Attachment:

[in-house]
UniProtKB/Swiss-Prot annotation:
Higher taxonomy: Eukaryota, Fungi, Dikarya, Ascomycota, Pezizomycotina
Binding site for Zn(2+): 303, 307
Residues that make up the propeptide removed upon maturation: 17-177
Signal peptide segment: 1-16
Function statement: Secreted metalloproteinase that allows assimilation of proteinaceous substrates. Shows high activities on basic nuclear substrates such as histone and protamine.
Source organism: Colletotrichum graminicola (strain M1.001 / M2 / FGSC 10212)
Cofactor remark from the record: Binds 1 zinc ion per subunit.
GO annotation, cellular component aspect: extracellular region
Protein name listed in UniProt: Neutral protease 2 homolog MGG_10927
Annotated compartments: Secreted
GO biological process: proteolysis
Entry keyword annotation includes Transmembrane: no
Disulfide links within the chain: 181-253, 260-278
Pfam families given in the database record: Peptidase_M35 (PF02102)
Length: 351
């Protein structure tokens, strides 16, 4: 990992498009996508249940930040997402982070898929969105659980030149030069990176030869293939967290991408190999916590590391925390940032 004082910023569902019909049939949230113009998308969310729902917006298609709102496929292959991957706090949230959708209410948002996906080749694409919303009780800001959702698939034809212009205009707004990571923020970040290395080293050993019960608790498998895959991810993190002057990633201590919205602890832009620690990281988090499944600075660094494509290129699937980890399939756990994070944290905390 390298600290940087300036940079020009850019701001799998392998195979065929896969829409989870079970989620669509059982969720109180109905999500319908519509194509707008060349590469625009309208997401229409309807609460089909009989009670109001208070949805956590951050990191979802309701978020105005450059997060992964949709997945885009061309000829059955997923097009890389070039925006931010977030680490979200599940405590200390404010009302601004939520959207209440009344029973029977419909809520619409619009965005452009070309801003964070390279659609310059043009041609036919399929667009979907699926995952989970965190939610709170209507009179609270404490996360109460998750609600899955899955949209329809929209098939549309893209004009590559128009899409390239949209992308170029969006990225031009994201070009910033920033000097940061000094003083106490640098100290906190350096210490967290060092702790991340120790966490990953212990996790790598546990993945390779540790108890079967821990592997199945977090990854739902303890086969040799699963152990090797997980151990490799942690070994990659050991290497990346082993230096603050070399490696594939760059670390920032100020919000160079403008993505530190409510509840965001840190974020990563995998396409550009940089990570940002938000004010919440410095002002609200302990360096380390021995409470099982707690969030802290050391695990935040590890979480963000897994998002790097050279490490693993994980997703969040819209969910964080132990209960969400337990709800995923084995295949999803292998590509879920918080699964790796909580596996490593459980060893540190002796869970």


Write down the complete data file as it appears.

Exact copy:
[in-house]
UniProtKB/Swiss-Prot annotation:
Higher taxonomy: Eukaryota, Fungi, Dikarya, Ascomycota, Pezizomycotina
Binding site for Zn(2+): 303, 307
Residues that make up the propeptide removed upon maturation: 17-177
Signal peptide segment: 1-16
Function statement: Secreted metalloproteinase that allows assimilation of proteinaceous substrates. Shows high activities on basic nuclear substrates such as histone and protamine.
Source organism: Colletotrichum graminicola (strain M1.001 / M2 / FGSC 10212)
Cofactor remark from the record: Binds 1 zinc ion per subunit.
GO annotation, cellular component aspect: extracellular region
Protein name listed in UniProt: Neutral protease 2 homolog MGG_10927
Annotated compartments: Secreted
GO biological process: proteolysis
Entry keyword annotation includes Transmembrane: no
Disulfide links within the chain: 181-253, 260-278
Pfam families given in the database record: Peptidase_M35 (PF02102)
Length: 351
């Protein structure tokens, strides 16, 4: 990992498009996508249940930040997402982070898929969105659980030149030069990176030869293939967290991408190999916590590391925390940032 004082910023569902019909049939949230113009998308969310729902917006298609709102496929292959991957706090949230959708209410948002996906080749694409919303009780800001959702698939034809212009205009707004990571923020970040290395080293050993019960608790498998895959991810993190002057990633201590919205602890832009620690990281988090499944600075660094494509290129699937980890399939756990994070944290905390 390298600290940087300036940079020009850019701001799998392998195979065929896969829409989870079970989620669509059982969720109180109905999500319908519509194509707008060349590469625009309208997401229409309807609460089909009989009670109001208070949805956590951050990191979802309701978020105005450059997060992964949709997945885009061309000829059955997923097009890389070039925006931010977030680490979200599940405590200390404010009302601004939520959207209440009344029973029977419909809520619409619009965005452009070309801003964070390279659609310059043009041609036919399929667009979907699926995952989970965190939610709170209507009179609270404490996360109460998750609600899955899955949209329809929209098939549309893209004009590559128009899409390239949209992308170029969006990225031009994201070009910033920033000097940061000094003083106490640098100290906190350096210490967290060092702790991340120790966490990953212990996790790598546990993945390779540790108890079967821990592997199945977090990854739902303890086969040799699963152990090797997980151990490799942690070994990659050991290497990346082993230096603050070399490696594939760059670390920032100020919000160079403008993505530190409510509840965001840190974020990563995998396409550009940089990570940002938000004010919440410095002002609200302990360096380390021995409470099982707690969030802290050391695990935040590890979480963000897994998002790097050279490490693993994980997703969040819209969910964080132990209960969400337990709800995923084995295949999803292998590509879920918080699964790796909580596996490593459980060893540190002796869970």